It’s been called the staff of life. It also tastes great slathered with peanut butter or dipped in good olive oil. Yet many diet gurus would have you believe that bread is no better than cake or candy. As these guidelines show, bread can still fit into your diet if you choose well.
White bread raises blood sugar and does a poor job of satisfying appetite. Many popular weight-loss diets use a system called the glycemic index (GI) to help you decide what to eat. Foods that rank low on the GI fight hunger because they take a long time to digest, so you feel more satisfied between meals. High-GI foods, on the other hand, are rapidly absorbed during digestion, causing a blood sugar spike that’s followed by a crash, which causes hunger pangs to return sooner.
If you have ever gone on a low-carbohydrate diet, you know that bread is one of the first foods to be crossed off your daily menu, at least in the early stages.
- White bread and most other popular varieties are high-GI foods.
- To produce most types of white bread, bakers use flour made from grains that have been stripped of much of their fibre and pulverized into powder.
- The resulting bread is easy to digest — too easy, since it causes blood sugar to soar, then drop again, making your stomach roar.
A few types of bread have low or moderate GI values. In general, look for bread that has a coarse texture, intact seeds and includes the word “whole” in the first ingredient on the label. That means it was baked with flour made from entire cereal grains, which take longer for the body to digest.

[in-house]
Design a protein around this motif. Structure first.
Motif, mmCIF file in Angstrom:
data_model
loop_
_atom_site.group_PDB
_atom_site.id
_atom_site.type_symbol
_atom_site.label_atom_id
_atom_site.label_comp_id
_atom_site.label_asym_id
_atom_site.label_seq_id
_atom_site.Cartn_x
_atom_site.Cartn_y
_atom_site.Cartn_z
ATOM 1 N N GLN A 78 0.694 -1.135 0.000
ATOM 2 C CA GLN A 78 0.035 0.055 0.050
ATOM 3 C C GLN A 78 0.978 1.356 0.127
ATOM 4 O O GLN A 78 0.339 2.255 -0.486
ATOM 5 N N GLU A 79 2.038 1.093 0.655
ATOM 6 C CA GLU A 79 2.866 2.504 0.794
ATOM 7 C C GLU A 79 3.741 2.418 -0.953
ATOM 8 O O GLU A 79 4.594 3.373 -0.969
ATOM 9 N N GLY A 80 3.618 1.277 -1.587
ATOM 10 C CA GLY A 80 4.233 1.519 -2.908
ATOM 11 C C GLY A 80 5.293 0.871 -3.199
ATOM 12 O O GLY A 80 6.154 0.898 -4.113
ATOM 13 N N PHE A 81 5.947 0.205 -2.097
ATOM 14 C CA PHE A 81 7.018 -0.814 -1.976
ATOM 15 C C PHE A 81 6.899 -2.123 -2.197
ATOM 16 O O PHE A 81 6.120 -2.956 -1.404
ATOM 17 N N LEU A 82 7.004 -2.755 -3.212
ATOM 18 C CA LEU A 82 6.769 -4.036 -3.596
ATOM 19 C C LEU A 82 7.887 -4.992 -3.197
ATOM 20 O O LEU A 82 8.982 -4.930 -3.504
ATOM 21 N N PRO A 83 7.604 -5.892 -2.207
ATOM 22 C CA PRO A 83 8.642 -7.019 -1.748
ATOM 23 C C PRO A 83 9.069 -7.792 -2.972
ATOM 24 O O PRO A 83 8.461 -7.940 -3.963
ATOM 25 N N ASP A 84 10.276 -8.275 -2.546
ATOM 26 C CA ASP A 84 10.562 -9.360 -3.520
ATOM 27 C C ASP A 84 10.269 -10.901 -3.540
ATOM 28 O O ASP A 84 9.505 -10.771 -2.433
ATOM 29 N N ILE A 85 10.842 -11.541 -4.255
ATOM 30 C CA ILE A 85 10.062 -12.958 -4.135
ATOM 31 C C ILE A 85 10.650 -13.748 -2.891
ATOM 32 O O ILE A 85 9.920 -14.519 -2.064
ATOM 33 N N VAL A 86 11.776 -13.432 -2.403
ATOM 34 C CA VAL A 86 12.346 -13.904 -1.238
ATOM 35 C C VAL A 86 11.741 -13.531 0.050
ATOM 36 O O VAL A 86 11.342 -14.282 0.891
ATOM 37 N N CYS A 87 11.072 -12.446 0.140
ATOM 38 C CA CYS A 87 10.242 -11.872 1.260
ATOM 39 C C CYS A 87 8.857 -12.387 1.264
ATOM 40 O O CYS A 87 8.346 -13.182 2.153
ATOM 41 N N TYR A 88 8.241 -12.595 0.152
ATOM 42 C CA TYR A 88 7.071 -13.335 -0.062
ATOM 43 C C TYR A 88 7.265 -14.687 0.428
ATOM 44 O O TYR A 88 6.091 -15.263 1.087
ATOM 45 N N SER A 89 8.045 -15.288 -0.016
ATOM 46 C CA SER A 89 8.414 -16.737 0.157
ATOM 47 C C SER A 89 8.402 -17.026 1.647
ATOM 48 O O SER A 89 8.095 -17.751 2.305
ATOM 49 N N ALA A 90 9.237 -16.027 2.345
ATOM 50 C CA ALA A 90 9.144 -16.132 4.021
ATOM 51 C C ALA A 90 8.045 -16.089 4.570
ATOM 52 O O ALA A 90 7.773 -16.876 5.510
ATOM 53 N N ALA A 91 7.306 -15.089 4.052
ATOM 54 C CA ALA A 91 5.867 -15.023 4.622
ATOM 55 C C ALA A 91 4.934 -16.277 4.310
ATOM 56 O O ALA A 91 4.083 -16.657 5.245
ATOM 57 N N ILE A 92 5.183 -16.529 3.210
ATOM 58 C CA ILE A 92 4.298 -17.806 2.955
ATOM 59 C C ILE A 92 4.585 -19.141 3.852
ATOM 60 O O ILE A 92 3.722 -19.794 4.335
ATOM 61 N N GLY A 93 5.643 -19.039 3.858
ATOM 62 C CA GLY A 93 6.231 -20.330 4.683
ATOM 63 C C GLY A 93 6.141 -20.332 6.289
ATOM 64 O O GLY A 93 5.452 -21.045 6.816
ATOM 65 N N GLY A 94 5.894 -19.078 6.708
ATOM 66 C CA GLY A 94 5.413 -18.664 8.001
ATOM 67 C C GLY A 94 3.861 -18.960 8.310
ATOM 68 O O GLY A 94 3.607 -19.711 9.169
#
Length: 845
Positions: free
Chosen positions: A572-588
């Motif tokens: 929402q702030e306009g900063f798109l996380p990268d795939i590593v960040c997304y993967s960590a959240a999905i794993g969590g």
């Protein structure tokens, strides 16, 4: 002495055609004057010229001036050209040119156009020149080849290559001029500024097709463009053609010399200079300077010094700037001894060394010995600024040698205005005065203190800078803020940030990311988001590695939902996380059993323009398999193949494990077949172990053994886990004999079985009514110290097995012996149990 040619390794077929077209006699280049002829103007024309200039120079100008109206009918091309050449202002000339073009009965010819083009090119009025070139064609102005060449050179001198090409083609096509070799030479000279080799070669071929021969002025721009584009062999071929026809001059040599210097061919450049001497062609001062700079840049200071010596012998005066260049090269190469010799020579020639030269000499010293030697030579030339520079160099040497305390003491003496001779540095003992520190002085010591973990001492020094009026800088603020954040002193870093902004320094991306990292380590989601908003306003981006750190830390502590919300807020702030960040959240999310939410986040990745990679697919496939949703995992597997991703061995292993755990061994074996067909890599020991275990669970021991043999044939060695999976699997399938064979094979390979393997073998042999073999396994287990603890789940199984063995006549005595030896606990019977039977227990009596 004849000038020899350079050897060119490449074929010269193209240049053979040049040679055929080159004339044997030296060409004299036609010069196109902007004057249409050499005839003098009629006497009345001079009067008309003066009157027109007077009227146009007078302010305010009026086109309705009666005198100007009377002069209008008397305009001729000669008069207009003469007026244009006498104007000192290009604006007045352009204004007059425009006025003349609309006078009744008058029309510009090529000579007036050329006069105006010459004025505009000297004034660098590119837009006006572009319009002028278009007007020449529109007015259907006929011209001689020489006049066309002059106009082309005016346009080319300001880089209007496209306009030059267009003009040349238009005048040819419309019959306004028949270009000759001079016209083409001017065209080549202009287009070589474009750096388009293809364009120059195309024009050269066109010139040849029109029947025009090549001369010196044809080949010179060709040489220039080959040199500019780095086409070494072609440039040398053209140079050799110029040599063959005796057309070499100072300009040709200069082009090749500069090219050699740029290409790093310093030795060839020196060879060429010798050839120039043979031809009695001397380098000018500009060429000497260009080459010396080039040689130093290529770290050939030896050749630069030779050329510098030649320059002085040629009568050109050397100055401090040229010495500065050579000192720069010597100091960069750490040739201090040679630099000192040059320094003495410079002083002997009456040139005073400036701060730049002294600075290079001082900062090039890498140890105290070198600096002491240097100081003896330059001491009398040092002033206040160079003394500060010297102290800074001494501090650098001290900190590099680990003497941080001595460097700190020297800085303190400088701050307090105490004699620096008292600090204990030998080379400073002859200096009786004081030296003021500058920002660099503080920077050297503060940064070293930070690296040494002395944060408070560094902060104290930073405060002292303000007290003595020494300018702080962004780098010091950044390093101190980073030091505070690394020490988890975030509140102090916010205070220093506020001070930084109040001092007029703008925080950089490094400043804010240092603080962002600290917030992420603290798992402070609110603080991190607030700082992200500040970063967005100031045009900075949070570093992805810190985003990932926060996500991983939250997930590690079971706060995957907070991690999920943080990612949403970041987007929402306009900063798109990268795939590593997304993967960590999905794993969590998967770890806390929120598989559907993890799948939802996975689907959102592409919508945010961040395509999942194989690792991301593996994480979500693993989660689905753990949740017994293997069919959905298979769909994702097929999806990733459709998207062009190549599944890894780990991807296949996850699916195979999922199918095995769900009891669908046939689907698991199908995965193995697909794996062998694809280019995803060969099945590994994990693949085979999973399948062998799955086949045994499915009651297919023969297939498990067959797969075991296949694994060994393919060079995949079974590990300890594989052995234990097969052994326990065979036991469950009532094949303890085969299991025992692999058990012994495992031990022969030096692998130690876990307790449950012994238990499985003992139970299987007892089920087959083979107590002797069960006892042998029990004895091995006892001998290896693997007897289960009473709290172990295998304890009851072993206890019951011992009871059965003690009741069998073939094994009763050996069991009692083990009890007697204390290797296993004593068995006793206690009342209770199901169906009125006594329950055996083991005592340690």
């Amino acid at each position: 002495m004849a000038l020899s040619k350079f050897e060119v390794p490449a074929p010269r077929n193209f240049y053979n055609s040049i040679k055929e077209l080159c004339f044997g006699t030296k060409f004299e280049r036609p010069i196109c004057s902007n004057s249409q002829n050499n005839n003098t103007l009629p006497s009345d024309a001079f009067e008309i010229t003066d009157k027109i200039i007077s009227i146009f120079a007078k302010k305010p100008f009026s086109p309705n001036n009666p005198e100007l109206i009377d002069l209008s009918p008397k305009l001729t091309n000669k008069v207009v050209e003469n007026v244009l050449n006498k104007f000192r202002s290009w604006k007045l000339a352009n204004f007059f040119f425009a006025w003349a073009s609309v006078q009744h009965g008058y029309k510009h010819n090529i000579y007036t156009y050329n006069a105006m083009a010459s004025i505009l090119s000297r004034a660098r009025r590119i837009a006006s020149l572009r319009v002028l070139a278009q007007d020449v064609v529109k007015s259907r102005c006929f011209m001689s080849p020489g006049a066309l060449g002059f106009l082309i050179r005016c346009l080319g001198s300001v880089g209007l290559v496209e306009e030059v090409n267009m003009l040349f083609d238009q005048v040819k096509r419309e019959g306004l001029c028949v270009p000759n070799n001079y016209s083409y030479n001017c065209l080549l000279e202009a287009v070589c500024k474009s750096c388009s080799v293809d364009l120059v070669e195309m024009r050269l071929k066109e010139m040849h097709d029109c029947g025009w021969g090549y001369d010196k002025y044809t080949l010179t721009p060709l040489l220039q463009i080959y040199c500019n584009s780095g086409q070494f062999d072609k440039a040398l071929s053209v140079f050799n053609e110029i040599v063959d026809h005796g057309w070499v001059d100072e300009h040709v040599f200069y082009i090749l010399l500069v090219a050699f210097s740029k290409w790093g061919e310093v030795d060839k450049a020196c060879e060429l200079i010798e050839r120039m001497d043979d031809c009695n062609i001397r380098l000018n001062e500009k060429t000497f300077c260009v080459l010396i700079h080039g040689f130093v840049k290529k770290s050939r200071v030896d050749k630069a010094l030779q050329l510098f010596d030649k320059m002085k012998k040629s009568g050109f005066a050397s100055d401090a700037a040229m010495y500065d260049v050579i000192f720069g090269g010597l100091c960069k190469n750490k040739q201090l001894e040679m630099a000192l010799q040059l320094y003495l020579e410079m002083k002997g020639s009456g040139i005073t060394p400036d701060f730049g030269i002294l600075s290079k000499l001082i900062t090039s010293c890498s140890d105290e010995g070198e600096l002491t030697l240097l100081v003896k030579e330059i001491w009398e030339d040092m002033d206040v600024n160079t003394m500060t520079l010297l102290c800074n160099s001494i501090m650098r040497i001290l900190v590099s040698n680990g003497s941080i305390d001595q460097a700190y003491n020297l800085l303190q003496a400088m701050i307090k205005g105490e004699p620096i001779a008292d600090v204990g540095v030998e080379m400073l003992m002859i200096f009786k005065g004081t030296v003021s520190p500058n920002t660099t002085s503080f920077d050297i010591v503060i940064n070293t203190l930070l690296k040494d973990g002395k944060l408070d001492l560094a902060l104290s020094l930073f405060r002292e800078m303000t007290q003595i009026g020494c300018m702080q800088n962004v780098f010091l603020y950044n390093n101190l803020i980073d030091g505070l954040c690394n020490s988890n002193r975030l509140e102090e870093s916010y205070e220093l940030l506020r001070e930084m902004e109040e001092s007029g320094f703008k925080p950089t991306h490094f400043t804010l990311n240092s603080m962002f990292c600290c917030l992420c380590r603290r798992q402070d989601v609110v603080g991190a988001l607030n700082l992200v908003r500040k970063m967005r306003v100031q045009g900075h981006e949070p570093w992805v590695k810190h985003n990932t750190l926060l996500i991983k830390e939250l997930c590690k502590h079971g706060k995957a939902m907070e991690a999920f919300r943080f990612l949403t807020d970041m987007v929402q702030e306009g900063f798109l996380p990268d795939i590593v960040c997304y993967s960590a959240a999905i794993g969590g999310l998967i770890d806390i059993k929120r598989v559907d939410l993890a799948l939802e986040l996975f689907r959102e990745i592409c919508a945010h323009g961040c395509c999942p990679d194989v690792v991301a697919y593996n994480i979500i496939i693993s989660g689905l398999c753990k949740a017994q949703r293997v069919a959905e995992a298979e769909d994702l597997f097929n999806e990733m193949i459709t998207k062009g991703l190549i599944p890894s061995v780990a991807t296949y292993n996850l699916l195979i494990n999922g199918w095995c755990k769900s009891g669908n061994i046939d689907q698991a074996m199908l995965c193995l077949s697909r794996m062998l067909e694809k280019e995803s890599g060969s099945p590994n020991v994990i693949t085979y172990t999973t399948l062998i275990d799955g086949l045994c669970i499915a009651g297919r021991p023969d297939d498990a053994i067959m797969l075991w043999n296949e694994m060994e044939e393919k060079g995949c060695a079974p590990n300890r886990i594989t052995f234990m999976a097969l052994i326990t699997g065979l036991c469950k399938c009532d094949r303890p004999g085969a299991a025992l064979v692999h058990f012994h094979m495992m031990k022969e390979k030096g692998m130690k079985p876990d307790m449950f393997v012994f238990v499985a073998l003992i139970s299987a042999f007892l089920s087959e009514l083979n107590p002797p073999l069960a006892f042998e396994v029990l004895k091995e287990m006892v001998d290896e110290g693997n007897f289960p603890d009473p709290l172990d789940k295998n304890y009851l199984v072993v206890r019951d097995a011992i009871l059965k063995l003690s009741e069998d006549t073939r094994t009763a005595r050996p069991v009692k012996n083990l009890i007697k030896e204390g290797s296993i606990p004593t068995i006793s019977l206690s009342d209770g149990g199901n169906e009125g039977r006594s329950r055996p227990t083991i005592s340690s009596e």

Sourdough bread is another alternative. Although it’s a white bread, sourdough is highly acidic, which helps to prevent blood sugar spikes. Look to a bakery for real sourdough bread; some manufacturers use sour flavouring agents instead of bacteria to ferment the dough. It’s the bacteria that produce the acids that make sourdough better for your blood sugar.
If the package says “wheat bread,” it’s probably just white bread with a dye job. The fact is that many “wheat” breads are white breads. After all, even white bread comes from wheat. Some so-called wheat breads may have been baked with caramel colouring or some other additive to give them a dark, earthy-looking hue — but that doesn’t make them any better for you. What makes a bread good for your health is the presence of whole, unrefined grains, including the grain’s tough outer shell, or bran, and its germ, or seed, both of which are removed to make white bread. The milling process also removes most of the grain’s fibre and lots of vitamins and minerals, though manufacturers add back some of the nutrients.
How can you tell whether you’re getting true whole wheat bread or white bread that has been dyed brown?
Read the package labels — both sides. The words 100 percent whole wheat or 100 percent whole grain splashed on the package are a good sign. But always check the ingredient list, too. The first item should include “whole,” as in “whole wheat flour.” And choose coarse-looking bread with lots of texture; that’s an indication that the wheat has been less finely ground, which means the bread should have less impact on your blood sugar.